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Old 11-11-2017, 09:24 PM
 
Location: Vancouver
9,118 posts, read 6,311,707 times
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Quote:
Originally Posted by Acajack View Post
Thanks for setting me straight.
LOL...I hope it wasn't harsh
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Old 11-11-2017, 09:37 PM
 
Location: Gatineau, Québec
18,532 posts, read 22,827,354 times
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Quote:
Originally Posted by Natnasci View Post
LOL...I hope it wasn't harsh
Ben non...
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Old 11-11-2017, 09:43 PM
BMI
 
Location: Ontario
5,196 posts, read 2,714,803 times
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Quote:
Originally Posted by Natnasci View Post
Incorrect.

Before Vancouver was incorporated in 1886, it's name was Granville.

Gastown, got it's name when because of Gassy Jack, a bar owner with a lot of hot air for conversation.

Gastown, as far as I know, wasn't used back then, but was created when they redeveloped the area in the 1970's. Just like all the other " towns " Vancouver has made up over the years...Yaletown, Railtown, Crosstown. None of these names existed until development.
And I thought it was that “gassy” steam clock everyone in Gastown takes pictures of
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Old Yesterday, 12:25 PM
 
Location: Vancouver
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Quote:
Originally Posted by BMI View Post
And I thought it was that “gassy” steam clock everyone in Gastown takes pictures of
That silly clock. Too many tourists think it's 19th century when in fact it was built in the 1970's. Oh, well, one day it will be old.
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Old Yesterday, 04:49 PM
 
Location: Seattle WA, USA
2,677 posts, read 1,096,739 times
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Quote:
Originally Posted by BMI View Post
Vancouver, Washington....needs to change it’s name.....change it to Columbia,
or North Portland.

Only room for one Vancouver.......Vancouver, BC
I heard that Vancouver wants to change it's name back to Fort Vancouver. Also Fort Vancouver was established in 1824, way older than the Canadian copycat. It was originally a settlement called Gastown centered around a Tavern built in 1867. It was then surveyed for a town site and renamed to Granville in 1870. Then it was finally called Vancouver in 1886 when it was incorporated as a city. And Fort Vancouver was incorporated as a city in 1857. However Vancouver, WA was briefly known as Columbia City between 1855-1857.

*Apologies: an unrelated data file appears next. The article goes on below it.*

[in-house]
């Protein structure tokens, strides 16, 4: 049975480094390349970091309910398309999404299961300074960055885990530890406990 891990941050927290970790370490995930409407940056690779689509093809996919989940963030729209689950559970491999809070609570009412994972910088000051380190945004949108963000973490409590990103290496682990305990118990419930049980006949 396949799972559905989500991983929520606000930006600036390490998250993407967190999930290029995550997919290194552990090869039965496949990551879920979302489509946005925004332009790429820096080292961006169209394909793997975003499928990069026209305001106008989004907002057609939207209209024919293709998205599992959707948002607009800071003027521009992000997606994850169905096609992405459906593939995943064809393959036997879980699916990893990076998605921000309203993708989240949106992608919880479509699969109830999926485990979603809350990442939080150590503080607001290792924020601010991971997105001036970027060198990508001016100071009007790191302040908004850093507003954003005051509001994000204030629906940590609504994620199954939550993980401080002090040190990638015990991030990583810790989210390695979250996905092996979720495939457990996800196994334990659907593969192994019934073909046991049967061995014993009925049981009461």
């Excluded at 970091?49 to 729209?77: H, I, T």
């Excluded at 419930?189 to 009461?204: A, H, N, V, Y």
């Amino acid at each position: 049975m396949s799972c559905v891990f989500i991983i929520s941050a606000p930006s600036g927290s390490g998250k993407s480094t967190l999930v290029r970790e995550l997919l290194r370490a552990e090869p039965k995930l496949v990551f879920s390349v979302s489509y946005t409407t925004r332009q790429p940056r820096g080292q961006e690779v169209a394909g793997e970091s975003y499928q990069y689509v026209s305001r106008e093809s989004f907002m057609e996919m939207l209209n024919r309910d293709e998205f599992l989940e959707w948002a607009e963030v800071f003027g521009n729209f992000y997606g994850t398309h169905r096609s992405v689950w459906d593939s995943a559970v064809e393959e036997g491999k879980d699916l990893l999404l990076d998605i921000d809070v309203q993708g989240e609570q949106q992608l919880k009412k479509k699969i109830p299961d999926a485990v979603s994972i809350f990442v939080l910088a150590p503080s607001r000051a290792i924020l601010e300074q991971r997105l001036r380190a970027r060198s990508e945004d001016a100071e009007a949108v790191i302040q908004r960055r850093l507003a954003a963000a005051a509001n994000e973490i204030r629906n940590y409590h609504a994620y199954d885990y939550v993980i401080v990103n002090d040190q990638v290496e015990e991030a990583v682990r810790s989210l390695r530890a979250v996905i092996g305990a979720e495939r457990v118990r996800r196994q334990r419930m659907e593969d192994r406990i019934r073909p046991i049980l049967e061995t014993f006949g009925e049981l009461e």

The Chinookan and Klickitat names for the area (Vancouver, WA) were reportedly Skit-so-to-ho and Ala-si-kas, respectively, meaning "land of the mud-turtles."

https://en.wikipedia.org/wiki/Vancou...ington#History
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Old Yesterday, 05:07 PM
 
Location: Seattle WA, USA
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Seattle's original name was Duwamps, though there was a competing settlement in west Seattle known as New York Alkie, but was latter abandoned. Duwamps was latter changed and named after Chief Si'ahl but was anglicized into Seattle.
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Old Yesterday, 09:20 PM
 
Location: San Diego, California Republic
15,846 posts, read 19,804,356 times
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As I mentioned, San Francisco's original name was Yerba Buena which in turn was taken from the name of a common native herb found in the area.

Contrary to what many believe, the bay was given the name San Francisco first. Yerba Buena would eventually have it's name changed and named after the bay. Today, just to the east of San Francisco in the bay is Yerba Buena Island which the Bay Bridge tunnels through.
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Old Today, 04:50 PM
 
Location: Vancouver
9,118 posts, read 6,311,707 times
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Quote:
Originally Posted by grega94 View Post
I heard that Vancouver wants to change it's name back to Fort Vancouver. Also Fort Vancouver was established in 1824, way older than the Canadian copycat. It was originally a settlement called Gastown centered around a Tavern built in 1867. It was then surveyed for a town site and renamed to Granville in 1870. Then it was finally called Vancouver in 1886 when it was incorporated as a city. And Fort Vancouver was incorporated as a city in 1857. However Vancouver, WA was briefly known as Columbia City between 1855-1857.

The Chinookan and Klickitat names for the area (Vancouver, WA) were reportedly Skit-so-to-ho and Ala-si-kas, respectively, meaning "land of the mud-turtles."

https://en.wikipedia.org/wiki/Vancou...ington#History
Re my earlier post. Gastown was a nickname, and not an official name.

If we go back far enough, the first European type settlement in the Vancouver was Fort Langley in 1827. Two dozen men including 2 Hawaiians. Como and Peeohpeeoh helped establish it. They all worked for the Hudson's Bay company, and the 2 Hawaiians had worked at Fort Vancouver, and returned there after 13 years in Fort Langley.

As for name changes...Vancouver Island was called both that and Quadra Island ( there is another Quadra Island today) as far back as the late 1790's.

Having Vancouver Island, Vancouver, BC, and Vancouver Washington can get confusing. I know tourists here often call Vancouver Island, Victoria Island in error.

Last edited by Natnasci; Today at 05:30 PM..
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